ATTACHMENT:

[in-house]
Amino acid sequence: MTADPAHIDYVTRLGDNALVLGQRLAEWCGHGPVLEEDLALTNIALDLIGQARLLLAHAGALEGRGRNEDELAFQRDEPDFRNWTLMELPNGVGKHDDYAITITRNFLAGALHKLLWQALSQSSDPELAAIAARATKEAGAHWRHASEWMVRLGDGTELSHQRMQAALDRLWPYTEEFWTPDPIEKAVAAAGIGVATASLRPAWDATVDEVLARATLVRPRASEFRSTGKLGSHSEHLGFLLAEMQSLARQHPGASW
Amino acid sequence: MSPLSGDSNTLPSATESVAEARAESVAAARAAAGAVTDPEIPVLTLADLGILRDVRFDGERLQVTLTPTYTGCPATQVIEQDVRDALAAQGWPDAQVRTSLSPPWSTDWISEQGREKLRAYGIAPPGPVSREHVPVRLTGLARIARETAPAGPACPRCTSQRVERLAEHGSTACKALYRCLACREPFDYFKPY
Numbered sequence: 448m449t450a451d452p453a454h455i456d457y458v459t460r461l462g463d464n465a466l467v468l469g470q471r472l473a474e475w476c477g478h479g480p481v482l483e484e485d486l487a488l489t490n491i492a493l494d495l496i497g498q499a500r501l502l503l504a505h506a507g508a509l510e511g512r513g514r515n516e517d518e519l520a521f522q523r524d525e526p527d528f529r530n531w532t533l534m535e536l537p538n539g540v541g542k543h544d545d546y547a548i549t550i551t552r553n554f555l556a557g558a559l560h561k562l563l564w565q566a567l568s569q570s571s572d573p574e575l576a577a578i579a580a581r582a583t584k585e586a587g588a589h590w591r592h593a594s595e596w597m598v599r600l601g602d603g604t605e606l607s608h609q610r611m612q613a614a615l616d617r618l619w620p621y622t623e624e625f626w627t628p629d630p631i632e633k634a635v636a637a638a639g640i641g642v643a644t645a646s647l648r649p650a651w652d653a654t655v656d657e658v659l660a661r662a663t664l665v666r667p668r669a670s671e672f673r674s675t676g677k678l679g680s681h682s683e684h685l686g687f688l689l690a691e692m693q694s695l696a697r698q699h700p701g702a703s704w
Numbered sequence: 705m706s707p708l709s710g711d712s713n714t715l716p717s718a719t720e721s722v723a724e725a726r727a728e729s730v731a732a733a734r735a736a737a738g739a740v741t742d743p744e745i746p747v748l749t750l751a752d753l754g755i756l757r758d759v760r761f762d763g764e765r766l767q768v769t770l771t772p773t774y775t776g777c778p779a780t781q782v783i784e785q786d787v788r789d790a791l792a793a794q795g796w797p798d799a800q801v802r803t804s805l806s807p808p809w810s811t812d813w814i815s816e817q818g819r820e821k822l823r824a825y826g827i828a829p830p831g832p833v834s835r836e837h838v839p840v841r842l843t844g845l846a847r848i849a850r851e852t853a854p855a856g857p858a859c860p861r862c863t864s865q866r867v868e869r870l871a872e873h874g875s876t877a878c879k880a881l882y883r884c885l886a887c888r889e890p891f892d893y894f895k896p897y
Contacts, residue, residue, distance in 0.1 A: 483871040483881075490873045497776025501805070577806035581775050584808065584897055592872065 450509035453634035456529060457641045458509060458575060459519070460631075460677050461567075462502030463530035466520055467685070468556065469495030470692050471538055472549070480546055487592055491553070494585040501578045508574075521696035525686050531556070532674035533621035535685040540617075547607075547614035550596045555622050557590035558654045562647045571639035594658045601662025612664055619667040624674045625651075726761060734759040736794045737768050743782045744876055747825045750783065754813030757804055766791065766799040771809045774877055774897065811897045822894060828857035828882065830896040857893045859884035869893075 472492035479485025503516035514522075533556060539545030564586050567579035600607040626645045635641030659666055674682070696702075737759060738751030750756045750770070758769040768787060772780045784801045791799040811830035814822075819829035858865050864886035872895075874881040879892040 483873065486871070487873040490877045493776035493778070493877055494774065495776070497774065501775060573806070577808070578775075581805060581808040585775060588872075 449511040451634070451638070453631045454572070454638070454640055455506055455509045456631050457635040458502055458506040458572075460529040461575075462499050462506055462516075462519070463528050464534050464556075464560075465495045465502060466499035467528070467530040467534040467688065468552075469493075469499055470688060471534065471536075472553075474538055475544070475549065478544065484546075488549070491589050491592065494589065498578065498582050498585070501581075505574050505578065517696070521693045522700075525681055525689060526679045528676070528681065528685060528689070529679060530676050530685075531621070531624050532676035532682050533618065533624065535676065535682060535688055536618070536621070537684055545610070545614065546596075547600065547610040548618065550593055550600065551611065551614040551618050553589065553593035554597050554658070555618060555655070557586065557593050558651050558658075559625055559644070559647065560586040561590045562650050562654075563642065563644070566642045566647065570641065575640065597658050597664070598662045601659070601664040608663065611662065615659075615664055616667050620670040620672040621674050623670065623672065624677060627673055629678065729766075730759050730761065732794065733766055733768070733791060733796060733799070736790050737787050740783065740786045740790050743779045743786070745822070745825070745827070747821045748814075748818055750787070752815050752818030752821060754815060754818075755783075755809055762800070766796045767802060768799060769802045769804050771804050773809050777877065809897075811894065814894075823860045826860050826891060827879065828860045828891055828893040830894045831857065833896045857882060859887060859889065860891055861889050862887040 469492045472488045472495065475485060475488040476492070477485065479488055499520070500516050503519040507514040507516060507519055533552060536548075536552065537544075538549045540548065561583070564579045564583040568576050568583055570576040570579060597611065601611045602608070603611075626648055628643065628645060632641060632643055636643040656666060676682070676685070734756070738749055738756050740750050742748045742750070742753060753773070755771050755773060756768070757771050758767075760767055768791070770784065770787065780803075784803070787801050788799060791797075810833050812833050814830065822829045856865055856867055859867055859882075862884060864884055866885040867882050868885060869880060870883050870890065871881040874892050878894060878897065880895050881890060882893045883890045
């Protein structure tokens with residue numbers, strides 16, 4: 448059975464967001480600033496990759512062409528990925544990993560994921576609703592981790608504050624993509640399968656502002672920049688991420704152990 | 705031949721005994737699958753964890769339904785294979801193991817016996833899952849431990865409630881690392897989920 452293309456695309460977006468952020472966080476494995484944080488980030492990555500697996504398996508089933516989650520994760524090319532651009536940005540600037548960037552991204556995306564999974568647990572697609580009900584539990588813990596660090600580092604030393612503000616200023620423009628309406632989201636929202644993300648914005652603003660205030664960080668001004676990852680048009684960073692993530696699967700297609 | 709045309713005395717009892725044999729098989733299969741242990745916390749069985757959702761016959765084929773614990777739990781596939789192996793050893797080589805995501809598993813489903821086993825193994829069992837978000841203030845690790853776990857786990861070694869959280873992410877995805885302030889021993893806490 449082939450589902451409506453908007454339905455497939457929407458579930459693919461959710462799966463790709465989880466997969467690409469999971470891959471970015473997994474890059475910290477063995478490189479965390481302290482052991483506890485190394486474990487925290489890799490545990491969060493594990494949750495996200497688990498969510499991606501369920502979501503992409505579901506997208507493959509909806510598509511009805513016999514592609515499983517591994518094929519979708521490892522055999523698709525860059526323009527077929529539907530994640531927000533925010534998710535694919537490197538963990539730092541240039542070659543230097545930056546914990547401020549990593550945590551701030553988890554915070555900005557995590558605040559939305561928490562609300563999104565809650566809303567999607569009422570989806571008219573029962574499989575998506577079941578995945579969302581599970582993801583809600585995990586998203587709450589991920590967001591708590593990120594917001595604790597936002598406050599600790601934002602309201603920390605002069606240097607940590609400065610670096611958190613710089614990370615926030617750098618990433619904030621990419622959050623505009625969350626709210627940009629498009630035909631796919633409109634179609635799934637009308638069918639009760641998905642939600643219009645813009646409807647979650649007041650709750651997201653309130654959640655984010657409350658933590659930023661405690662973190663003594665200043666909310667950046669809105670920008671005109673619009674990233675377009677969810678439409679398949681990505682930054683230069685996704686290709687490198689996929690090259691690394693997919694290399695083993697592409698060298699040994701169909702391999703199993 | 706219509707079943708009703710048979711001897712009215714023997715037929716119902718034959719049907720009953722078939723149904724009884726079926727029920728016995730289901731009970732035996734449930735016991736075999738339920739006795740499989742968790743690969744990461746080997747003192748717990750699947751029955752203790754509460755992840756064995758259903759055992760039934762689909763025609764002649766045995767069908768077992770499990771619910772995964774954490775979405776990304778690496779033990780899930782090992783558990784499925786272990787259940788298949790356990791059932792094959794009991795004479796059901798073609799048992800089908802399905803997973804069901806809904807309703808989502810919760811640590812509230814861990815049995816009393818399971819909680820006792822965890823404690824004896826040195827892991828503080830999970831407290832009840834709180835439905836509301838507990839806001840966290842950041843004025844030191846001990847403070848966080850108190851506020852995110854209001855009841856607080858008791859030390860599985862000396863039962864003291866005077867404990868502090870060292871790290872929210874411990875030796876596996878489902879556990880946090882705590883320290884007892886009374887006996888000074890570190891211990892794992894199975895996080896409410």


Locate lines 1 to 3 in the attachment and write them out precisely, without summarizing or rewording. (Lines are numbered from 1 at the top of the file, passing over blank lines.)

[in-house]
Amino acid sequence: MTADPAHIDYVTRLGDNALVLGQRLAEWCGHGPVLEEDLALTNIALDLIGQARLLLAHAGALEGRGRNEDELAFQRDEPDFRNWTLMELPNGVGKHDDYAITITRNFLAGALHKLLWQALSQSSDPELAAIAARATKEAGAHWRHASEWMVRLGDGTELSHQRMQAALDRLWPYTEEFWTPDPIEKAVAAAGIGVATASLRPAWDATVDEVLARATLVRPRASEFRSTGKLGSHSEHLGFLLAEMQSLARQHPGASW
Amino acid sequence: MSPLSGDSNTLPSATESVAEARAESVAAARAAAGAVTDPEIPVLTLADLGILRDVRFDGERLQVTLTPTYTGCPATQVIEQDVRDALAAQGWPDAQVRTSLSPPWSTDWISEQGREKLRAYGIAPPGPVSREHVPVRLTGLARIARETAPAGPACPRCTSQRVERLAEHGSTACKALYRCLACREPFDYFKPY